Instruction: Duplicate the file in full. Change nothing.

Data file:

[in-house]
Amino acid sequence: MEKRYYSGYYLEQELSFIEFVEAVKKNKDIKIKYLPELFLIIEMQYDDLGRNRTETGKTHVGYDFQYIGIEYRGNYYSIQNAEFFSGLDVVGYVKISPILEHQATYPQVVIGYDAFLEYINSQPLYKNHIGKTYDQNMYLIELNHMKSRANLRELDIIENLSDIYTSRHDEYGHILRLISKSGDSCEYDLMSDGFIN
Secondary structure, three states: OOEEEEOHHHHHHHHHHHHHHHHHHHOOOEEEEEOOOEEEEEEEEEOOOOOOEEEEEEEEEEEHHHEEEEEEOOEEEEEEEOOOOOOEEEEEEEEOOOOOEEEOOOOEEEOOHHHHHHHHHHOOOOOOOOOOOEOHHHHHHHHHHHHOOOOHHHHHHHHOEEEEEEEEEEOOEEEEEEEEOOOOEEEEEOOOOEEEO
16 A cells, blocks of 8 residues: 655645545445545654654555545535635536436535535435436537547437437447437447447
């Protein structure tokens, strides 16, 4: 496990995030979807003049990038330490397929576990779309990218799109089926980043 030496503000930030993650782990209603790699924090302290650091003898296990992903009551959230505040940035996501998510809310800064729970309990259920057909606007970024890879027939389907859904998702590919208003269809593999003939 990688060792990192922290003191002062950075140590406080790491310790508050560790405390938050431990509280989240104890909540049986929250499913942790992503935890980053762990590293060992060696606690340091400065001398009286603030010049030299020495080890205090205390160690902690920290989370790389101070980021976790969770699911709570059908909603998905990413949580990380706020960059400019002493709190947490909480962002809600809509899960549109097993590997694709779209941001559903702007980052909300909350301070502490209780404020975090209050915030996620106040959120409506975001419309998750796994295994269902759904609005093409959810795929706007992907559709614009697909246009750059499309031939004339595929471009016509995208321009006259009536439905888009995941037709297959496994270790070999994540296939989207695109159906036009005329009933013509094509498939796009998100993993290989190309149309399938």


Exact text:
[in-house]
Amino acid sequence: MEKRYYSGYYLEQELSFIEFVEAVKKNKDIKIKYLPELFLIIEMQYDDLGRNRTETGKTHVGYDFQYIGIEYRGNYYSIQNAEFFSGLDVVGYVKISPILEHQATYPQVVIGYDAFLEYINSQPLYKNHIGKTYDQNMYLIELNHMKSRANLRELDIIENLSDIYTSRHDEYGHILRLISKSGDSCEYDLMSDGFIN
Secondary structure, three states: OOEEEEOHHHHHHHHHHHHHHHHHHHOOOEEEEEOOOEEEEEEEEEOOOOOOEEEEEEEEEEEHHHEEEEEEOOEEEEEEEOOOOOOEEEEEEEEOOOOOEEEOOOOEEEOOHHHHHHHHHHOOOOOOOOOOOEOHHHHHHHHHHHHOOOOHHHHHHHHOEEEEEEEEEEOOEEEEEEEEOOOOEEEEEOOOOEEEO
16 A cells, blocks of 8 residues: 655645545445545654654555545535635536436535535435436537547437437447437447447
């Protein structure tokens, strides 16, 4: 496990995030979807003049990038330490397929576990779309990218799109089926980043 030496503000930030993650782990209603790699924090302290650091003898296990992903009551959230505040940035996501998510809310800064729970309990259920057909606007970024890879027939389907859904998702590919208003269809593999003939 990688060792990192922290003191002062950075140590406080790491310790508050560790405390938050431990509280989240104890909540049986929250499913942790992503935890980053762990590293060992060696606690340091400065001398009286603030010049030299020495080890205090205390160690902690920290989370790389101070980021976790969770699911709570059908909603998905990413949580990380706020960059400019002493709190947490909480962002809600809509899960549109097993590997694709779209941001559903702007980052909300909350301070502490209780404020975090209050915030996620106040959120409506975001419309998750796994295994269902759904609005093409959810795929706007992907559709614009697909246009750059499309031939004339595929471009016509995208321009006259009536439905888009995941037709297959496994270790070999994540296939989207695109159906036009005329009933013509094509498939796009998100993993290989190309149309399938």